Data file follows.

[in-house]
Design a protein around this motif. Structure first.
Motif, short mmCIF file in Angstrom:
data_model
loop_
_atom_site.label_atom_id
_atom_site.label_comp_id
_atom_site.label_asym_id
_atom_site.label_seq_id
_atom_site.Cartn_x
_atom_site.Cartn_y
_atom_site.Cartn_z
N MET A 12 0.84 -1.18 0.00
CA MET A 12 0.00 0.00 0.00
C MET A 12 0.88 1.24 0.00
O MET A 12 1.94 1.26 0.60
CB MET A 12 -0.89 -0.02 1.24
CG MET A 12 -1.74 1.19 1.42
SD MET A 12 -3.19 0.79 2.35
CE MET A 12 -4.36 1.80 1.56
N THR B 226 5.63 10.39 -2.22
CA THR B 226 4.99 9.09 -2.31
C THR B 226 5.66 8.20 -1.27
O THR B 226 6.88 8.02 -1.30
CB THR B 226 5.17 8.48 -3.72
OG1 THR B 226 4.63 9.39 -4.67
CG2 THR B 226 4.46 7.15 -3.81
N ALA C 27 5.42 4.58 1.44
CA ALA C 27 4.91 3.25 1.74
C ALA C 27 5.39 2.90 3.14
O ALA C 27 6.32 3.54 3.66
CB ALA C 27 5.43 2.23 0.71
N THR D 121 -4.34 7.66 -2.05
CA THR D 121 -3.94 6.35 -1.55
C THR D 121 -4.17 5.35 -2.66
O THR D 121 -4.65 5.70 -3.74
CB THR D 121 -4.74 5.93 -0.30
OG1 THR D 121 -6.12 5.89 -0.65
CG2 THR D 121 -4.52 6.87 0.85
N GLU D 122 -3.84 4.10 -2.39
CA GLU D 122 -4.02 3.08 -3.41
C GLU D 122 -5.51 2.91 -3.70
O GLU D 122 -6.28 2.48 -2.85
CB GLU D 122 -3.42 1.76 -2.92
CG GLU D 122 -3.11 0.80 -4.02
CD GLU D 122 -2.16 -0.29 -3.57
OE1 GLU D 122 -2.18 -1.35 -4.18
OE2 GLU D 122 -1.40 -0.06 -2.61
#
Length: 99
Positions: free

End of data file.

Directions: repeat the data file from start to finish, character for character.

[in-house]
Design a protein around this motif. Structure first.
Motif, short mmCIF file in Angstrom:
data_model
loop_
_atom_site.label_atom_id
_atom_site.label_comp_id
_atom_site.label_asym_id
_atom_site.label_seq_id
_atom_site.Cartn_x
_atom_site.Cartn_y
_atom_site.Cartn_z
N MET A 12 0.84 -1.18 0.00
CA MET A 12 0.00 0.00 0.00
C MET A 12 0.88 1.24 0.00
O MET A 12 1.94 1.26 0.60
CB MET A 12 -0.89 -0.02 1.24
CG MET A 12 -1.74 1.19 1.42
SD MET A 12 -3.19 0.79 2.35
CE MET A 12 -4.36 1.80 1.56
N THR B 226 5.63 10.39 -2.22
CA THR B 226 4.99 9.09 -2.31
C THR B 226 5.66 8.20 -1.27
O THR B 226 6.88 8.02 -1.30
CB THR B 226 5.17 8.48 -3.72
OG1 THR B 226 4.63 9.39 -4.67
CG2 THR B 226 4.46 7.15 -3.81
N ALA C 27 5.42 4.58 1.44
CA ALA C 27 4.91 3.25 1.74
C ALA C 27 5.39 2.90 3.14
O ALA C 27 6.32 3.54 3.66
CB ALA C 27 5.43 2.23 0.71
N THR D 121 -4.34 7.66 -2.05
CA THR D 121 -3.94 6.35 -1.55
C THR D 121 -4.17 5.35 -2.66
O THR D 121 -4.65 5.70 -3.74
CB THR D 121 -4.74 5.93 -0.30
OG1 THR D 121 -6.12 5.89 -0.65
CG2 THR D 121 -4.52 6.87 0.85
N GLU D 122 -3.84 4.10 -2.39
CA GLU D 122 -4.02 3.08 -3.41
C GLU D 122 -5.51 2.91 -3.70
O GLU D 122 -6.28 2.48 -2.85
CB GLU D 122 -3.42 1.76 -2.92
CG GLU D 122 -3.11 0.80 -4.02
CD GLU D 122 -2.16 -0.29 -3.57
OE1 GLU D 122 -2.18 -1.35 -4.18
OE2 GLU D 122 -1.40 -0.06 -2.61
#
Length: 99
Positions: free